US7708530Aug 28, 2007May 4, 2010Aloys WobbenRotor blade for a wind power plant
US7914261Aug 28, 2007Mar 29, 2011Aloys WobbenRotor blade for a wind power plant
US7946803Mar 29, 2004May 24, 2011Aloys WobbenRotor blade for a wind power system
US8100663Mar 19, 2010Jan 24, 2012Aloys WobbenRotor blade for a wind power plant
US9090439 *Apr 27, 2011Jul 28, 2015Fobox AsDrive device
US9181928Jan 28, 2010Nov 10, 2015Vestas Wind System A/SDrive device for a wind turbine
US9458822Aug 1, 2012Oct 4, 2016Alstom Renovables Espaņa, S.L.Rotor for a wind turbine
US20050207881 *Jul 16, 2004Sep 22, 2005Tocher Angus JHabitat friendly, multiple impellor, wind energy extraction
US20060034679 *Aug 11, 2004Feb 16, 2006Harding Benjamin RTemperature tolerant vane assembly
US20060099076 *May 28, 2003May 11, 2006Aloys WobbenRotor blade for a wind power plant
US20070036657 *Mar 29, 2004Feb 15, 2007Aloys WobbenRotor blade for a wind power system
US20070297896 *Aug 28, 2007Dec 27, 2007Aloys WobbenRotor blade for a wind power plant
US20070297909 *Aug 28, 2007Dec 27, 2007Aloys WobbenRotor blade for a wind power plant
US20100232972 *Mar 19, 2010Sep 16, 2010Aloys WobbenRotor blade for a wind power plant
US20130029796 *Apr 27, 2011Jan 31, 2013Gaute TjensvollDrive device
US20150071784 *Jan 17, 2013Mar 12, 2015Andritz Hydro GmbhRotor blade for a turbine
US20160017867 *Sep 28, 2015Jan 21, 2016Vestas Wind Systems A/SDrive device for a wind turbine
CN100467861CMay 28, 2003Mar 11, 2009艾劳埃斯·乌本Rotor blade for a wind power plant
CN104081041A *Jan 17, 2013Oct 1, 2014安德里茨水电有限公司Rotor blade for a turbine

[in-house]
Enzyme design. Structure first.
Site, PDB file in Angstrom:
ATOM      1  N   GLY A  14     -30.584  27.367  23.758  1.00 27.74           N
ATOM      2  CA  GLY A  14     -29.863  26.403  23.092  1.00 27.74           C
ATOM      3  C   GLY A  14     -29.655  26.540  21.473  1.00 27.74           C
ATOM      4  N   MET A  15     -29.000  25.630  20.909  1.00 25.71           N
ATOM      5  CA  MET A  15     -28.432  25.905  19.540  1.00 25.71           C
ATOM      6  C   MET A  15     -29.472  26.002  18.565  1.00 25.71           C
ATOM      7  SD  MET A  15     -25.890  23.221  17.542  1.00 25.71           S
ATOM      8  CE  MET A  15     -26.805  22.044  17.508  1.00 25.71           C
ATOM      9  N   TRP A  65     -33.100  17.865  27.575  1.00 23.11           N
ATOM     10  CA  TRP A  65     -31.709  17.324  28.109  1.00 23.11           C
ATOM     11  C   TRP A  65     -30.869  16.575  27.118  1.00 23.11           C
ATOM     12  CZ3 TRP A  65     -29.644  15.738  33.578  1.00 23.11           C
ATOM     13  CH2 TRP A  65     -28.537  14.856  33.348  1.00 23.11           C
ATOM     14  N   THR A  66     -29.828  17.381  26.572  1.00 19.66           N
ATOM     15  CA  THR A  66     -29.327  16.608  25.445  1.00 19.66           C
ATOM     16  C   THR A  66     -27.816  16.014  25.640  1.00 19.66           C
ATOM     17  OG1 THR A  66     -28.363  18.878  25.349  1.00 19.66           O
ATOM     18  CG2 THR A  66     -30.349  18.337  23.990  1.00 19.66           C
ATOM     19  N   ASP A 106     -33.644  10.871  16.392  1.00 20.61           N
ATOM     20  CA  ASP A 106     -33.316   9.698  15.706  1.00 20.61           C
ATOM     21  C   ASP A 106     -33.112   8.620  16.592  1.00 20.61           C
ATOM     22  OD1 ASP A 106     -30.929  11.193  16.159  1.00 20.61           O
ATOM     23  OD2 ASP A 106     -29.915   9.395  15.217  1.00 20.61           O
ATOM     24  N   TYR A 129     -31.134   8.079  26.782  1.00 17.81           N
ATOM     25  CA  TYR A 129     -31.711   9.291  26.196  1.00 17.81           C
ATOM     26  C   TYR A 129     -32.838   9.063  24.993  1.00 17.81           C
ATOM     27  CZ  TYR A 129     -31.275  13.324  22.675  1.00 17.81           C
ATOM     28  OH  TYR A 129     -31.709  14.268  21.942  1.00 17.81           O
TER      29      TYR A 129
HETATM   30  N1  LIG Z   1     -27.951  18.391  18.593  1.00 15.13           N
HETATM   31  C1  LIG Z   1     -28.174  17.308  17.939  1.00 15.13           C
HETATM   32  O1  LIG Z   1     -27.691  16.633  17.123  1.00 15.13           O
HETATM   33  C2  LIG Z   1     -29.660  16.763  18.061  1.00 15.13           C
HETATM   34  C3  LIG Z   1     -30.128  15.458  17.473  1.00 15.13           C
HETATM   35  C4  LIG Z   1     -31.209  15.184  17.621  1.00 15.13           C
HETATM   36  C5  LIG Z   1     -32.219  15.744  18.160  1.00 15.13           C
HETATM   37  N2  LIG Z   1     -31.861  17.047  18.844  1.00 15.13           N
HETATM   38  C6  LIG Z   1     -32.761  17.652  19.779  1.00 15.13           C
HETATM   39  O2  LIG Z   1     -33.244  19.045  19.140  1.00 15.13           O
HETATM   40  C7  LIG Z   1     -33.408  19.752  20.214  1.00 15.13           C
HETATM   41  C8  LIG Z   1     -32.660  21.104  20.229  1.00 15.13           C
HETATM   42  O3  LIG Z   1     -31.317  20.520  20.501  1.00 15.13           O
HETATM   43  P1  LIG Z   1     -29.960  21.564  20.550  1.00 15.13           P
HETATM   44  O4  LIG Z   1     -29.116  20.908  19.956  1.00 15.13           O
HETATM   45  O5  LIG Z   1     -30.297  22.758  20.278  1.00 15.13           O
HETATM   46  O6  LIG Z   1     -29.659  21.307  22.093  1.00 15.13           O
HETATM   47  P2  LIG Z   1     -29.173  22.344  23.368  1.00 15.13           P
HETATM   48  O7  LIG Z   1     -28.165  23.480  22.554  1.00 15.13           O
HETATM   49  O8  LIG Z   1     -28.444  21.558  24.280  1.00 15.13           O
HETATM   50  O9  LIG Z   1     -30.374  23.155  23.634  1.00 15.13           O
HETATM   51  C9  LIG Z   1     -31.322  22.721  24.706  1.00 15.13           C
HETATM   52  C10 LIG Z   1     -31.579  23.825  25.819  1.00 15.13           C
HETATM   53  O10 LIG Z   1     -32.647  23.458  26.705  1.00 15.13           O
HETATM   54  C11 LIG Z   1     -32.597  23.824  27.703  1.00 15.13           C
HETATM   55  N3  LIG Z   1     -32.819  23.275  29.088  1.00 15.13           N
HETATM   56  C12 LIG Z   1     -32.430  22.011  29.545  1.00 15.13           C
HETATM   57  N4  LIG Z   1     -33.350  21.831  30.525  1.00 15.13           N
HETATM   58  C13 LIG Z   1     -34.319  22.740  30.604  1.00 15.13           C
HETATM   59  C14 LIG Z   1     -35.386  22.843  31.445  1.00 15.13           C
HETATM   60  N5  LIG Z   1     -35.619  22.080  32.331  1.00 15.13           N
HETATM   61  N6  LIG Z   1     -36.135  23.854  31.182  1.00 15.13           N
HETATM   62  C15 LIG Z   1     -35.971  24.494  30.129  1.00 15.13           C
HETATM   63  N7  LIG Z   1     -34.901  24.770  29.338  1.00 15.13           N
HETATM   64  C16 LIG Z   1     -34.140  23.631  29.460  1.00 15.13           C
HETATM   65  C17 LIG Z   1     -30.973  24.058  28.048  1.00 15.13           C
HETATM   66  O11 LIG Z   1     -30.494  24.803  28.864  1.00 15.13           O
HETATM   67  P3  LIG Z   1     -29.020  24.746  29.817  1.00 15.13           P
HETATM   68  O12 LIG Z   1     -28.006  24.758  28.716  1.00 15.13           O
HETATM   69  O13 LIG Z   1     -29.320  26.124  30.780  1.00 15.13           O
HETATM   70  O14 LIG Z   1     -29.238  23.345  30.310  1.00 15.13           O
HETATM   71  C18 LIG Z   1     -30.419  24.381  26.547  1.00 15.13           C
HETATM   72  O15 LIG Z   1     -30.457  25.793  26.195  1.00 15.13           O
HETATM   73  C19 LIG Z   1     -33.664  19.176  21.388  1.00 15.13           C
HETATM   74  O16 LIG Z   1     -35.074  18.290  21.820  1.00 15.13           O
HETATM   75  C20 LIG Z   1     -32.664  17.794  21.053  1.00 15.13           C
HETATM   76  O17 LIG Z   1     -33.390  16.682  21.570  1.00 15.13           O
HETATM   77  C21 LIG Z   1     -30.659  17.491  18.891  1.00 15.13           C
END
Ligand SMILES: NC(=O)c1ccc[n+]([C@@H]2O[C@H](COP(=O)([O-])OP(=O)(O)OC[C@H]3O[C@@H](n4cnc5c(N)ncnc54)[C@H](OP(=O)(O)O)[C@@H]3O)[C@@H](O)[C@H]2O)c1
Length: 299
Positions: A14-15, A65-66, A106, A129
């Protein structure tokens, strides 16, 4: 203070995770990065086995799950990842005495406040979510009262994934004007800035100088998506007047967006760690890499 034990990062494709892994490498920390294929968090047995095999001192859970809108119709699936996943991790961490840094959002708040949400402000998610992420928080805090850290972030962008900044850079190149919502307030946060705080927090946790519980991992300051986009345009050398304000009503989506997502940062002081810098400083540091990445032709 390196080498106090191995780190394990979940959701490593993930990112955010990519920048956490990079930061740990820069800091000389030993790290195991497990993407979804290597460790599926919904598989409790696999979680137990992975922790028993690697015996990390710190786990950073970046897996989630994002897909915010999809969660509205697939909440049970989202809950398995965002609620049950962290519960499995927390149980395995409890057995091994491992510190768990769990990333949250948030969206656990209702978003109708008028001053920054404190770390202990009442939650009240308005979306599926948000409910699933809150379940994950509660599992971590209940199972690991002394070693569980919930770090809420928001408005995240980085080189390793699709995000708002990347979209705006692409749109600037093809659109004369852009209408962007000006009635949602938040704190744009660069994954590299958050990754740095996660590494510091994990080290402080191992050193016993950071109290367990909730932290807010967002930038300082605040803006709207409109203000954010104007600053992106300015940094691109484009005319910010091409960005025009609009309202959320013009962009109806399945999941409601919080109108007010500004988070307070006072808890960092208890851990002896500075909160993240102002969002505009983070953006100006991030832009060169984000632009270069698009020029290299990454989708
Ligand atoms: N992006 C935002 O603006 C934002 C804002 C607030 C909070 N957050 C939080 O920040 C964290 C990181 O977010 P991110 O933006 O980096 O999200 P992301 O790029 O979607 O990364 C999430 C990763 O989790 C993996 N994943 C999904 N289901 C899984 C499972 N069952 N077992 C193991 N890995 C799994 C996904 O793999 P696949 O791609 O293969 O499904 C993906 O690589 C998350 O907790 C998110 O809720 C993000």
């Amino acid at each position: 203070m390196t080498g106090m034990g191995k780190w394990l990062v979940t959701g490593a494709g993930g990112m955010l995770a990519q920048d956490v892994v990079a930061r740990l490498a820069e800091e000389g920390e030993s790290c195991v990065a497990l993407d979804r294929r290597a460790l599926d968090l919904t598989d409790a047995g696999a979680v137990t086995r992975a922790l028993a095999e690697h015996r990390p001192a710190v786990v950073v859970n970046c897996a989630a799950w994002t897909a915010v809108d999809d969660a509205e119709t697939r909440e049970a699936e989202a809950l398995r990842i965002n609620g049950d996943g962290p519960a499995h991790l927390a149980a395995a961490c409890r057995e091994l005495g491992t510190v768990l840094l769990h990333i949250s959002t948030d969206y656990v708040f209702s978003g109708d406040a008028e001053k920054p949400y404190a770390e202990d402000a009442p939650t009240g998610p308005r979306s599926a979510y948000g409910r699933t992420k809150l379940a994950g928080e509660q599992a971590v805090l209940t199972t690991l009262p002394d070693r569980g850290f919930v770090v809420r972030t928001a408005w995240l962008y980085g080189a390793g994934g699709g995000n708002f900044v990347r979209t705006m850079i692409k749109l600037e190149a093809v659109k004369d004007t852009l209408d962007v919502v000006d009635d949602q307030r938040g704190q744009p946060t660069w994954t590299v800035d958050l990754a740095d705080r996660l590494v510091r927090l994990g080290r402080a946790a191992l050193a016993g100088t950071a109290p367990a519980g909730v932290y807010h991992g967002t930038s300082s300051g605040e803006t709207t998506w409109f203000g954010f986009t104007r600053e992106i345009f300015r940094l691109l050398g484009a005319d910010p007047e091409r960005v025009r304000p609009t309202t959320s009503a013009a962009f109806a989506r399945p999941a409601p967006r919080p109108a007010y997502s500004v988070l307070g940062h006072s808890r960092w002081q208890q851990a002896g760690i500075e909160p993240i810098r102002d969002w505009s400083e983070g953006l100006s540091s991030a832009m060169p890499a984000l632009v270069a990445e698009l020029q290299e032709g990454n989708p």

CN104081041B *Jan 17, 2013Oct 12, 2016安德里茨水电有限公司用于涡轮机的转子叶片和涡轮机
EP1760310A1 *May 28, 2003Mar 7, 2007Aloys WobbenRotor blade for a wind power plant
EP2280163A3 *May 28, 2003Jan 4, 2012Aloys WobbenWind power plant and rotor blade for a wind power plant
EP2280164A3 *May 28, 2003Jan 4, 2012Aloys WobbenWind power plant
EP2280165A3 *May 28, 2003Jan 4, 2012Aloys WobbenWind power plant
EP2284389A3 *May 28, 2003Jan 4, 2012Aloys WobbenRotor blade for a wind power plant
EP2554834A1Aug 2, 2011Feb 6, 2013Alstom Wind, S.L.U.Rotor for a wind turbine
WO2003104646A1 *May 28, 2003Dec 18, 2003Aloys WobbenRotor blade for a wind power plant
WO2004097215A1 *Mar 29, 2004Nov 11, 2004Aloys WobbenRotor blade of a wind energy facility
WO2013017623A1Aug 1, 2012Feb 7, 2013Alstom Wind, S.L.U.Rotor for a wind turbine
WO2013107639A1 *Jan 17, 2013Jul 25, 2013Andritz Hydro GmbhRotor blade for a turbine
WO2015022311A1 *Aug 12, 2014Feb 19, 2015Aktiebolaget SkfBearing arrangement of radial and thrust spherical bearings
WO2016057120A1 *Aug 18, 2015Apr 14, 2016Berg Richard VonSpacer for wind turbine rotor blade
Classifications
U.S. Classification416/168.00A, 416/136, 416/225, 416/205, 416/10, 416/212.00A
International ClassificationF03D7/02, F03D1/06, F03D11/00
Cooperative ClassificationY02E10/721, F03D1/0658, F05B2260/79, Y02E10/723, F05B2260/74, F03D7/0224, F03D80/70
European ClassificationF03D7/02D2, F03D1/06C2, F03D11/00B
Legal Events
DateCodeEventDescription
May 8, 1987ASAssignment
Owner name: SULZER-ESCHER WYSS GMBH (PLLC) D-7980 RAVENSBURG/F
Free format text: ASSIGNMENT OF ASSIGNORS INTEREST.;ASSIGNOR:KISS, STEFAN;REEL/FRAME:004709/0962
Effective date: 19870428
Mar 14, 1989CCCertificate of correction
Mar 13, 1992FPAYFee payment
Year of fee payment: 4
Feb 28, 1996FPAYFee payment
Year of fee payment: 8
Mar 7, 2000FPAYFee payment
Year of fee payment: 12